CRJU 100: Introduction to Criminal Justice
Credit Hours: (3)
Survey of the American criminal justice system and processes, crime, criminal law, law enforcement, prosecution, adjudication, corrections, juvenile justice, and performance evaluations.
Detailed Description of Content of Course
The course is an introduction to the components and structure of the American system of criminal justice. There are three basic parts to the criminal justice system--law enforcement, courts, and corrections--each will be explored in some depth. The course also explores some background issues, such as the impact that crime has upon society and constitutional issues in criminal law. The course intends to familiarize the student with basic terms and issues in the discipline of criminal justice. The course also covers the basic principles of academic research including proper citation requirements, avoiding plagiarism and selecting appropriate sources of research.
• Introduction and Overview
1. What is crime?
2. What is criminal justice?
3. Ways of measuring crime.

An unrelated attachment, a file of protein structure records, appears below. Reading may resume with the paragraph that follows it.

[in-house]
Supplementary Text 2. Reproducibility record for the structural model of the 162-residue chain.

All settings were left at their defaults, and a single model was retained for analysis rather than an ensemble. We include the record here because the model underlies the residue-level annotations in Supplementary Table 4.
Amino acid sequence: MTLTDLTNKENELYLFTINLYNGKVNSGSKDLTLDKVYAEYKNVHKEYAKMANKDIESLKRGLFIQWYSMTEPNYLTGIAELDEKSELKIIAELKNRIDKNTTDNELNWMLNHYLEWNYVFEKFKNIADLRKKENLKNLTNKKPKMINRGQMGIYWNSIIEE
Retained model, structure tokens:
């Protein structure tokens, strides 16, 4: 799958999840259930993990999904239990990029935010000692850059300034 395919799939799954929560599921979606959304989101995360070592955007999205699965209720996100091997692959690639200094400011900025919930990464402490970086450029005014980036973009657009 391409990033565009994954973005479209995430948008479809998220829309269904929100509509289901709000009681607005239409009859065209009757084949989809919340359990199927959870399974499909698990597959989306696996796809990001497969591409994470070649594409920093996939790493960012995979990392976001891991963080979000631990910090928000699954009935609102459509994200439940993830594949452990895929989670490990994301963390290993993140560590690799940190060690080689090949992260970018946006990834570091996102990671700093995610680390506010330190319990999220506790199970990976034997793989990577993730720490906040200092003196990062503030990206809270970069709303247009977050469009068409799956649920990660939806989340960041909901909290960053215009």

4. Causes of crime.
5. Criminal law: its historical development; its application; and, the Constitution.
6. The formal v. informal criminal justice process.
• Law Enforcement
1. Historical development of the police.
2. Types of law enforcement agencies.
3. The process of investigation and arrest.
4. Constitutional issues.
5. Issues in police administration.
1. Historical development of the courts and criminal procedure.
2. Types of courts and respective jurisdictions.
3. Actors in the court process.
4. The pretrial process.
5. The formal process of adjudication and sentencing.
1. The philosophy of punishment.
2. Historical development of corrections.
3. Types of corrections.
4. Capital punishment.
Detailed Description of Conduct of Course
An informal approach which emphasizes knowledge acquisition, class interaction, and illustration with current issues will be used.
Student Goals and Objectives of the Course
The student will be able to:
a. identify the basic components of the system
b. understand how those components work together to form the criminal justice process
c. identify critical constitutional issues in the operation of the system
d. understand the nature of crime statistics, their origin and use
e. develop an understanding of the function of a criminal justice system in a democratic society
f. become citizens who are critically aware of the power and necessity of a criminal justice process.
Graded assignments may include in-class exams, a final examination, pop quizzes, homework assignments, classroom participation and class preparation.
Other Course Information
The instructor may use audio-visual materials to illustrate certain topics.
Review and Approval
September 2001 Reviewed by Dr. Isaac Van Patten, Department Chair
Revised: June 1, 2012